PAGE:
He then reminds the Yiddin about all the chasodim (underserved rewards) the RBSO already paid forward, including: redemption from Mitzrayim and slavery, the more than excellent albeit a shtikel boring menu of Munn that fell for 40 years, clothing that never shrunk, wore out or got dirty, plentiful water – most of the time-, and the various local women they chapped and enjoyed, even local zoinas (whores) at various stops. Avada you recall what a portion of the Yiddin did when they laid their eyes and more on the seductive Moabite girls, rachmono-litzon (heaven forbid). Shoin. And how did the Yiddin repay these favors to the RBSO? They didn’t, and continued throughout the entire 40 year ordeal to find new and imaginative ways to anger the RBSO. Are we a tough bunch or what? Doing the right thing seems to be problematic for the Yiddin, what else is new?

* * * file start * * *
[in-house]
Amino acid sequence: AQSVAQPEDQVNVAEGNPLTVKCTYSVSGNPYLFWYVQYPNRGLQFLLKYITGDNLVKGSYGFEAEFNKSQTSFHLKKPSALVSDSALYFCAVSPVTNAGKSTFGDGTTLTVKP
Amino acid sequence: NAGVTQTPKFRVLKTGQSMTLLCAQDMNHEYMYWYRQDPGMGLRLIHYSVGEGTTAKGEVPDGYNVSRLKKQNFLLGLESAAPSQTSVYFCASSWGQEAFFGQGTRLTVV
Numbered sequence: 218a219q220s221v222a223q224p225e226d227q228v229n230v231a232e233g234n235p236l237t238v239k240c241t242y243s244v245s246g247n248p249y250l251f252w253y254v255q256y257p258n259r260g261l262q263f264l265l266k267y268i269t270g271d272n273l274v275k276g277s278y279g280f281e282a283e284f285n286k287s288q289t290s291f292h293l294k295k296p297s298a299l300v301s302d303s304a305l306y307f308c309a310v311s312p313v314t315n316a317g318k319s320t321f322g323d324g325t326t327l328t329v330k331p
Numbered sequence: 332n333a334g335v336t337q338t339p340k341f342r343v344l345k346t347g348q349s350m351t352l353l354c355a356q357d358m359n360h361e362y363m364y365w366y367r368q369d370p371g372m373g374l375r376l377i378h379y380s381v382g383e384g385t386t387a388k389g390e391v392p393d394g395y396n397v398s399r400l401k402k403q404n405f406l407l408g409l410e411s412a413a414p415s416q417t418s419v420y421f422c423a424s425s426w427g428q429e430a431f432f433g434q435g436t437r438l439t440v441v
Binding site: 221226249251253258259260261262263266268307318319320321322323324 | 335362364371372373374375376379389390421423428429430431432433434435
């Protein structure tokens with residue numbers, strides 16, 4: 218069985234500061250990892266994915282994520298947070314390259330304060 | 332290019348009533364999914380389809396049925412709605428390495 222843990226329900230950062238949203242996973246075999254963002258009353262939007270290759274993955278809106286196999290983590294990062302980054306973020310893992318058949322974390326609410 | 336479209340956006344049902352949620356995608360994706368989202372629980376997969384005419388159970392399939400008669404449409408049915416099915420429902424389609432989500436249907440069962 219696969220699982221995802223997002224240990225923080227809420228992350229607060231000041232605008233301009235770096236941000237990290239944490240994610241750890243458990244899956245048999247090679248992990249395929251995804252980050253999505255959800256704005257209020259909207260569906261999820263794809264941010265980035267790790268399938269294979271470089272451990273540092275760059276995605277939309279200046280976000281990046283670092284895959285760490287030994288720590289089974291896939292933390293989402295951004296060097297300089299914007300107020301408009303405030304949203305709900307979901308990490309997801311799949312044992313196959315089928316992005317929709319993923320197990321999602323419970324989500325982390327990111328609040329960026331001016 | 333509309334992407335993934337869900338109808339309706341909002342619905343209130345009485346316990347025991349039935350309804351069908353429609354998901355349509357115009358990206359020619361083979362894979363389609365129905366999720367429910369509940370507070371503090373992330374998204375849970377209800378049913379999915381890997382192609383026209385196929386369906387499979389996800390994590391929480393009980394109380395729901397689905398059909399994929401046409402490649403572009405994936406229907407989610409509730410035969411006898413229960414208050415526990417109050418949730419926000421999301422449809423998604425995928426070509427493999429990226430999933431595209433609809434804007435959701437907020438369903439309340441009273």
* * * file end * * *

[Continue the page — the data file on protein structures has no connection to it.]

Ober (but) says Moishe: the party is over, those miracles are behind us and  new rewards need to be earned, and  are all contingent promises based on one word, ‘eikev’, hence the Parsha’s  name; meaning if or because or in exchange for or on account of.  In other words, it’s a deal. Of course Yiddin love a deal, even if, at times, they get snookered. If the Yiddin behave and follow the RBSO’s ways, good things will happen. Otherwise it’s curtains, and maybe that’s why the parsha also has the second paragraph of the Shema. Meaning that if the Yiddin don’t behave, they had better start praying and davening, and what better prayer more universally known than the Shema?

A gittin Shabbis

Yitz Grossman

The Oisvorfer Ruv